How fatigue and incompetence led to oil spill at Tamil Nadu’s Ennore coast
By SV Krishna Chaitanya | Express News Service | Published: 08th November 2017 07:38 AM |
CHENNAI: Nearly 11 months after two ships collided off the Ennore coast, some chilling facts have come to the fore as investigators concluded that it was a human error, fatigue of the pilots and incompetency of bridge teams of both ships that resulted in the accident.
An investigation team headed by Capt Ranjit Muduli, Deputy Nautical Adviser of Directorate- General of Shipping, Mumbai, in its 33-page report, a copy of which has been accessed by Express, has found several inadequacies and deviation in the application of international regulations for preventing collisions at sea, 1972 (COLREGs).
Effective look out was not maintained by bridge teams; trainees were assigned on look out duty; identification and tracking of the other vessel on radar was also inadequate. Dawn Kanchipuram even on observing of a ‘close-quarters situation’ developing with BW Maple and having doubts about her course, did not raise the signal to attract her attention.
Even when it was evident that the pilot was not taking effective action despite the risk of collision, master of Dawn Kanchipuram did not use over riding authority as per International Safety Management Code. Also, when collision was imminent, both the vessels did not consider the option of using anchors to avert disaster, the reports says and censored the masters of both ships.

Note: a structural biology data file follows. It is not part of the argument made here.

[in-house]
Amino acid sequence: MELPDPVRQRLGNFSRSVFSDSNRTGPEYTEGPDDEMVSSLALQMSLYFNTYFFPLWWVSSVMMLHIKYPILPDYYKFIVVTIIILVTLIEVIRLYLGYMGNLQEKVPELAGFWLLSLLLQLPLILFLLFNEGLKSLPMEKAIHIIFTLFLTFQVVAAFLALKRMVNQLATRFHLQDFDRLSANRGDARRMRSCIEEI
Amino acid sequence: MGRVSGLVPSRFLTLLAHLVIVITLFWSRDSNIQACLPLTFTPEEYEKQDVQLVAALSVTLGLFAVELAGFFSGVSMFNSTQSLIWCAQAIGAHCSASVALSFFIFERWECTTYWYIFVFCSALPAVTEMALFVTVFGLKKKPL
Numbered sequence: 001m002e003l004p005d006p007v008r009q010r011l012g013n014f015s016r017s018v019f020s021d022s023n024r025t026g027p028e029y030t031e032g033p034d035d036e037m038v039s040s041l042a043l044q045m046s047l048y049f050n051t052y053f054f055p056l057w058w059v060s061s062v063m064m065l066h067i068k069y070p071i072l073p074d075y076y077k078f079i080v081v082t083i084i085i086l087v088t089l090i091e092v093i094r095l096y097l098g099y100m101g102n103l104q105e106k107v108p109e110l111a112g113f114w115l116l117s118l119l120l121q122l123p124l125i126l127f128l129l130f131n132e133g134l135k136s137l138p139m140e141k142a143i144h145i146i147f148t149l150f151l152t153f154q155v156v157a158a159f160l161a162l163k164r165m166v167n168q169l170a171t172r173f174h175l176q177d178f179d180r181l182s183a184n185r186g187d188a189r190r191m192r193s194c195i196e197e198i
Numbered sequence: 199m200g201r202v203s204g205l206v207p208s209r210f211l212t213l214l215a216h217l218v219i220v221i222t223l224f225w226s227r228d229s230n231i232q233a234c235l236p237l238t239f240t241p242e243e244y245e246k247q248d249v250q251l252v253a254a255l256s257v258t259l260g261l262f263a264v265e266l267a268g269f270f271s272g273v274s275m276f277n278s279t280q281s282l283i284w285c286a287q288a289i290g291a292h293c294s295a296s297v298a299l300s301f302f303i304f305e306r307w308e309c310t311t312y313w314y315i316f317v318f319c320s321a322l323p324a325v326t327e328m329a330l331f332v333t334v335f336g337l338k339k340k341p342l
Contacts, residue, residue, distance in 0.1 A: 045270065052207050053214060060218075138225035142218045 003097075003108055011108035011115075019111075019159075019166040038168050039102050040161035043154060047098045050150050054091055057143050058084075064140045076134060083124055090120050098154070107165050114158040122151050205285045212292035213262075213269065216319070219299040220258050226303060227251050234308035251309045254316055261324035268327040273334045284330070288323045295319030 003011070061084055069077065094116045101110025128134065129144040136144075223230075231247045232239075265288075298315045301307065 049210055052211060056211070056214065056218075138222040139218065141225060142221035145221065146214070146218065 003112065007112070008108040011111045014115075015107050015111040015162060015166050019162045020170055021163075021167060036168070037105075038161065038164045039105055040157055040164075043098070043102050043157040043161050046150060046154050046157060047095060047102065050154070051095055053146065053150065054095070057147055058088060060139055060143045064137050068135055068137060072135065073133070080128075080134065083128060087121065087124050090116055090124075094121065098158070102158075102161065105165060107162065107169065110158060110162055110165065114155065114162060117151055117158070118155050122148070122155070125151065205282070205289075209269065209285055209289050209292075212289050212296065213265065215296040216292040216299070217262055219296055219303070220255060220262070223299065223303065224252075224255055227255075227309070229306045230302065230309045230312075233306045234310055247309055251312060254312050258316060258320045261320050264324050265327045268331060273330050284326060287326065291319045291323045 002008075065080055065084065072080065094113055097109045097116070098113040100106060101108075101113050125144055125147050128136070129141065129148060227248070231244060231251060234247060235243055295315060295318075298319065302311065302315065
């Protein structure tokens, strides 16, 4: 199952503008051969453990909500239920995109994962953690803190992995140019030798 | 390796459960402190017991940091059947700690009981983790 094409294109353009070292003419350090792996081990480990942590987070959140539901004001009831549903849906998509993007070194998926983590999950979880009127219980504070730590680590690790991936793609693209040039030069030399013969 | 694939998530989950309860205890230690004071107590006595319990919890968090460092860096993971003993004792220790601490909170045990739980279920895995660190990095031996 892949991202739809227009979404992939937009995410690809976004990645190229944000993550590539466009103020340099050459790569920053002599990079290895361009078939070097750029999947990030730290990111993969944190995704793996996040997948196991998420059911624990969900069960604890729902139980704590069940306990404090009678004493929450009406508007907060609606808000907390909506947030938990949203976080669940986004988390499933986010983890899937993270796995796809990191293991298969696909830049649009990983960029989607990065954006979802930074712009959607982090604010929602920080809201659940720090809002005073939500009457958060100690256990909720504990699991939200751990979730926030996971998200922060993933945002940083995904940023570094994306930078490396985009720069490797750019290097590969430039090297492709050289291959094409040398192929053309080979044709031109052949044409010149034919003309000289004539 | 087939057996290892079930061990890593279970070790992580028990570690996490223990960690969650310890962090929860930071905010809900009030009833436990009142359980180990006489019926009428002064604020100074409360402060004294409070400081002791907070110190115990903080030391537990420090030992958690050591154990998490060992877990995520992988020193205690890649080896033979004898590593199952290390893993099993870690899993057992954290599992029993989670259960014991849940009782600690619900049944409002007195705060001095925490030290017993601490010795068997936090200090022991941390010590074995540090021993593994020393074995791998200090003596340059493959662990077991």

Meanwhile, interactions with BW Maple crew revealed that the bridge team was fatigued. The vessel had a CDI (Chemical Distribution Institute) inspection along with discharging operations the previous day, and their rest hours were near violation. This made them lose situational awareness. “The master decided to proceed with the inspection without considering the importance of rest of his crew members,” the report said.
In view of this, DG Shipping has now proposed to regulate rest hours of the pilots and officials. The Indian Maritime Pilots Regulations, drawn by the National Shipping Board’s committee to addresses this issue, should be ratified and implemented and all ports need to be under the purview of Navigational Safety in Ports Committee.
251.46 tonnes spilled
The final loss of oil into the sea from vessel Dawn Kanchipuram is estimated to be 251.46 tonnes. DG shipping has blamed the vessel for underestimating the quantum of leak, which delayed the deployment of oil spill response equipment to full capacity by Kamarajar port and Indian Coast Guard.
The staff, initially, reported that only two tonnes of fuel oil had leaked.
“An initial underestimation of the extent of damage and an inadequate monitoring of the tanks’ contents subsequent to the collision, by the Dawn Kanchipuram staff, had caused the damage to Fuel Oil (Centre) Tank going unnoticed.
This was discovered only by investigation team from MMD, Chennai. To prevent further leakage and to determine the exact amount of oil escaped into the sea, the officers of the DG Shipping decided to transfer oil and oily water mixture that was contained in various tanks and trapped in the ship structure, to shore tank. The final loss of oil into the sea is 251.46 tonnes (approx),” the report said.
The option of using the Global Maritime Distress and Safety System (GMDSS), or at least an urgent alert/call, in order to alert all concerned authorities immediately, who might have assisted the vessel in combating the situation was not exercised by the master of Dawn Kanchipuram.
Also reporting was not carried out as required in Shipboard Oil Pollution Emergency Plan.